|Ancestors of Eric Phipps|
Sir Horace Rumbold
|British Ambassador to Germany
Sir Nevile Henderson
Sir George Clerk
|British Ambassador to France
Sir Ronald Campbell
In popular culture
Phipps features as a character in the 2012 novel Flight from Berlin by David John, published by HarperCollins.
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- Gaynor Johnson, "Sir Eric Phipps, the British government, and the appeasement of Germany, 1933–1937." Diplomacy and Statecraft 16.4 (2005): 651-669.
- Correlli Barnett, The Collapse of British Power (Pan, 2002), p. 387.
- Barnett, p. 388.
- Paul Doerr, British Foreign Policy 1919-1939, (Manchester UP, 1998) p 158
- W. N. Medlicott, Britain and Germany: The Search For Agreement 1930–1937, Athlone Press: London, 1969, pp.7-8
- Medlicott, p. 26.
- Anthony Adamthwaite, France and the Coming of the Second World War, 1936–1939, London: Frank Cass, 1977, p. 177.
- Adamthwaite, p. 177.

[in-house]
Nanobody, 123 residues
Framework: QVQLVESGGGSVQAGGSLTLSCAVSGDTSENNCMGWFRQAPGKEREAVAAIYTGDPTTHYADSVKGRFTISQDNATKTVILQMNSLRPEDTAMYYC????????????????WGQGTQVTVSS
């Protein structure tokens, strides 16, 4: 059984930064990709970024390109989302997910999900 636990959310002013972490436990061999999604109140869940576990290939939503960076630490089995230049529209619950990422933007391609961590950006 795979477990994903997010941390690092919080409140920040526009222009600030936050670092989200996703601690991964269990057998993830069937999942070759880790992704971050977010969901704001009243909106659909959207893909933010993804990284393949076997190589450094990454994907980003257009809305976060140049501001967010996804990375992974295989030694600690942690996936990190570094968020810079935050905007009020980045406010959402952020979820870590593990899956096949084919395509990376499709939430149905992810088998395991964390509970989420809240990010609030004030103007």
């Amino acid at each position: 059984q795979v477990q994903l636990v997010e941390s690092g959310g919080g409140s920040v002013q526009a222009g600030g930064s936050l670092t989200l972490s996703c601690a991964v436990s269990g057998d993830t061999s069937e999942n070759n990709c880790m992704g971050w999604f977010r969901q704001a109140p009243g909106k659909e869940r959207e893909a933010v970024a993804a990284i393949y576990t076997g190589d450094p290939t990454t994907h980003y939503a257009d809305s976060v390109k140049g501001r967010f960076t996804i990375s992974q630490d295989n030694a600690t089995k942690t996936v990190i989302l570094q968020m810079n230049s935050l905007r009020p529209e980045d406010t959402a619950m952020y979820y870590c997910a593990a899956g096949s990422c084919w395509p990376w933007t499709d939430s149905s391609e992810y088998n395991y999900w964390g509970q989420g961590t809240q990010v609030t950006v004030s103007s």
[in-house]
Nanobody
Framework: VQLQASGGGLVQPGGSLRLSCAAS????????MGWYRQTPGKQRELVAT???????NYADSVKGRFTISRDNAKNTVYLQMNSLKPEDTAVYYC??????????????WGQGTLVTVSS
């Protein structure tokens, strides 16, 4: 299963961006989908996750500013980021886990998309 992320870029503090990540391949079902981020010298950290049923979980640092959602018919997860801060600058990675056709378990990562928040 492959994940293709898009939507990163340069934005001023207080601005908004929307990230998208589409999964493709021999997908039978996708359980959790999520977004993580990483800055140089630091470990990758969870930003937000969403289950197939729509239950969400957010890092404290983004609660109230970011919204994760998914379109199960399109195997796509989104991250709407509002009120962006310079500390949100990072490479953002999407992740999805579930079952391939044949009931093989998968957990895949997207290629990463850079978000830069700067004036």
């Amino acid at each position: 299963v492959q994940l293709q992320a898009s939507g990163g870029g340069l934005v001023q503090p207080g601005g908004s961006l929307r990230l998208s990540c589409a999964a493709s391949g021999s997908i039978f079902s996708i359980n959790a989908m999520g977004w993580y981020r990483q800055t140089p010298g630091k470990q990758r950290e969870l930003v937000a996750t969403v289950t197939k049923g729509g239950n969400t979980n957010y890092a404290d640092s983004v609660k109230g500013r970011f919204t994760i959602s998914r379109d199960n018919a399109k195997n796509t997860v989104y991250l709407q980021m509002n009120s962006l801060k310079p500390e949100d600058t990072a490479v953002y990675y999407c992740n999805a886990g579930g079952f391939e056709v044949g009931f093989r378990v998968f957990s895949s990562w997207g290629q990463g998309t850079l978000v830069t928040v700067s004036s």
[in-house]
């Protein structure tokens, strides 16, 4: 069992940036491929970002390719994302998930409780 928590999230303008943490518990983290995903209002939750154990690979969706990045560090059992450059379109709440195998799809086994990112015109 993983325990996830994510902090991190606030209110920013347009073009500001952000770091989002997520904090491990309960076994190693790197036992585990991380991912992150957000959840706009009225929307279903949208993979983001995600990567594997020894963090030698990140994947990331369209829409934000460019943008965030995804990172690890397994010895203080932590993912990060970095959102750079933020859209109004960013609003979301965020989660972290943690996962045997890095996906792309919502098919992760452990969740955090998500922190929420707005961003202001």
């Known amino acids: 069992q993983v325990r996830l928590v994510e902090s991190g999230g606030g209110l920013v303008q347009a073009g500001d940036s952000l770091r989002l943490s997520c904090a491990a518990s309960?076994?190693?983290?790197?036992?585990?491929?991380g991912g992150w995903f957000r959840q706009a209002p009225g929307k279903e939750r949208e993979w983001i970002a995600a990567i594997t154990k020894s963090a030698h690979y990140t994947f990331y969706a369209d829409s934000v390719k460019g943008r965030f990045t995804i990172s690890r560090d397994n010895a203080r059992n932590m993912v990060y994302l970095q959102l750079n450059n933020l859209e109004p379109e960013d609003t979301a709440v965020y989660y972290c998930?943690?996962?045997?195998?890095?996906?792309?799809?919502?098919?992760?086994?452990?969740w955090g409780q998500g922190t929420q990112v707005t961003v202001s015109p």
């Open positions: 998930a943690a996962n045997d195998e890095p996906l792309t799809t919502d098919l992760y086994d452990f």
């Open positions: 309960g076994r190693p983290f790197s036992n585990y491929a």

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- Watt, p. 73.
- "No. 31712". The London Gazette (Supplement). 30 December 1919. p. 5.
- "No. 35938". The London Gazette. 12 March 1943. p. 1199.
- Photographic portrait of Henrietta Phipps, nee Lamb with her mother and sister. Her mother Lady Pansy Lamb (1904–1999) was a sister of the writer and Labour peer Lord Longford, and aunt of Antonia Fraser.
- Biography, Oxford Dictionary of National Biography
- Adamthwaite, Anthony France and the Coming of the Second World War 1936-1939, London: Frank Cass, 1977, ISBN 0-7146-3035-7.
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- Herman, John The Paris Embassy of Sir Eric Phipps, Sussex Academic Press, 1998.
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- Lundy, Darryl. "FAQ". The Peerage.